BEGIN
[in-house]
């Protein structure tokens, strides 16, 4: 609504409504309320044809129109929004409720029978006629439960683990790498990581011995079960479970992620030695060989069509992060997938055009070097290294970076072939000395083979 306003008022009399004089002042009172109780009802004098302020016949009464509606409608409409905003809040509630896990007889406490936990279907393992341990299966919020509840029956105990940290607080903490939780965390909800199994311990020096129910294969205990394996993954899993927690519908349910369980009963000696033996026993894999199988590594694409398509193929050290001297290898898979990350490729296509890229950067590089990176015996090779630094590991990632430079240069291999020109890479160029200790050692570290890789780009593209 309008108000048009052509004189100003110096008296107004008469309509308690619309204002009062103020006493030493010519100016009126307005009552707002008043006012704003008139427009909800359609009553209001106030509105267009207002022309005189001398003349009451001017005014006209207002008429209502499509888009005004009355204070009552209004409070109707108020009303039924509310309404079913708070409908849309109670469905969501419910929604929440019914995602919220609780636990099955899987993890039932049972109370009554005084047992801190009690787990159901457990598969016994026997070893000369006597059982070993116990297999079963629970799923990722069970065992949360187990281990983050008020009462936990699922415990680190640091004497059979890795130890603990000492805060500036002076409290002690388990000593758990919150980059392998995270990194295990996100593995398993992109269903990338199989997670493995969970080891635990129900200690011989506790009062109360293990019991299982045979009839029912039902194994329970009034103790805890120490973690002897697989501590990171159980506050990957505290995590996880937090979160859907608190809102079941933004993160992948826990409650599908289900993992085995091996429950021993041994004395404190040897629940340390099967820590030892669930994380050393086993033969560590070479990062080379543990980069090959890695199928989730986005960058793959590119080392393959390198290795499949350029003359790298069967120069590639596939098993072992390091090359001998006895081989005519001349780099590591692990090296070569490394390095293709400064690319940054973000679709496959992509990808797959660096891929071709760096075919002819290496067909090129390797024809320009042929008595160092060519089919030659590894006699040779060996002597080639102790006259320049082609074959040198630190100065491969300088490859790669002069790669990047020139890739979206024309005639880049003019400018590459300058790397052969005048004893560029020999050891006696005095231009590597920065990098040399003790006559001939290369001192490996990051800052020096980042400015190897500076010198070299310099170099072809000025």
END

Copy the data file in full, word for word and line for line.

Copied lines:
[in-house]
């Protein structure tokens, strides 16, 4: 609504409504309320044809129109929004409720029978006629439960683990790498990581011995079960479970992620030695060989069509992060997938055009070097290294970076072939000395083979 306003008022009399004089002042009172109780009802004098302020016949009464509606409608409409905003809040509630896990007889406490936990279907393992341990299966919020509840029956105990940290607080903490939780965390909800199994311990020096129910294969205990394996993954899993927690519908349910369980009963000696033996026993894999199988590594694409398509193929050290001297290898898979990350490729296509890229950067590089990176015996090779630094590991990632430079240069291999020109890479160029200790050692570290890789780009593209 309008108000048009052509004189100003110096008296107004008469309509308690619309204002009062103020006493030493010519100016009126307005009552707002008043006012704003008139427009909800359609009553209001106030509105267009207002022309005189001398003349009451001017005014006209207002008429209502499509888009005004009355204070009552209004409070109707108020009303039924509310309404079913708070409908849309109670469905969501419910929604929440019914995602919220609780636990099955899987993890039932049972109370009554005084047992801190009690787990159901457990598969016994026997070893000369006597059982070993116990297999079963629970799923990722069970065992949360187990281990983050008020009462936990699922415990680190640091004497059979890795130890603990000492805060500036002076409290002690388990000593758990919150980059392998995270990194295990996100593995398993992109269903990338199989997670493995969970080891635990129900200690011989506790009062109360293990019991299982045979009839029912039902194994329970009034103790805890120490973690002897697989501590990171159980506050990957505290995590996880937090979160859907608190809102079941933004993160992948826990409650599908289900993992085995091996429950021993041994004395404190040897629940340390099967820590030892669930994380050393086993033969560590070479990062080379543990980069090959890695199928989730986005960058793959590119080392393959390198290795499949350029003359790298069967120069590639596939098993072992390091090359001998006895081989005519001349780099590591692990090296070569490394390095293709400064690319940054973000679709496959992509990808797959660096891929071709760096075919002819290496067909090129390797024809320009042929008595160092060519089919030659590894006699040779060996002597080639102790006259320049082609074959040198630190100065491969300088490859790669002069790669990047020139890739979206024309005639880049003019400018590459300058790397052969005048004893560029020999050891006696005095231009590597920065990098040399003790006559001939290369001192490996990051800052020096980042400015190897500076010198070299310099170099072809000025």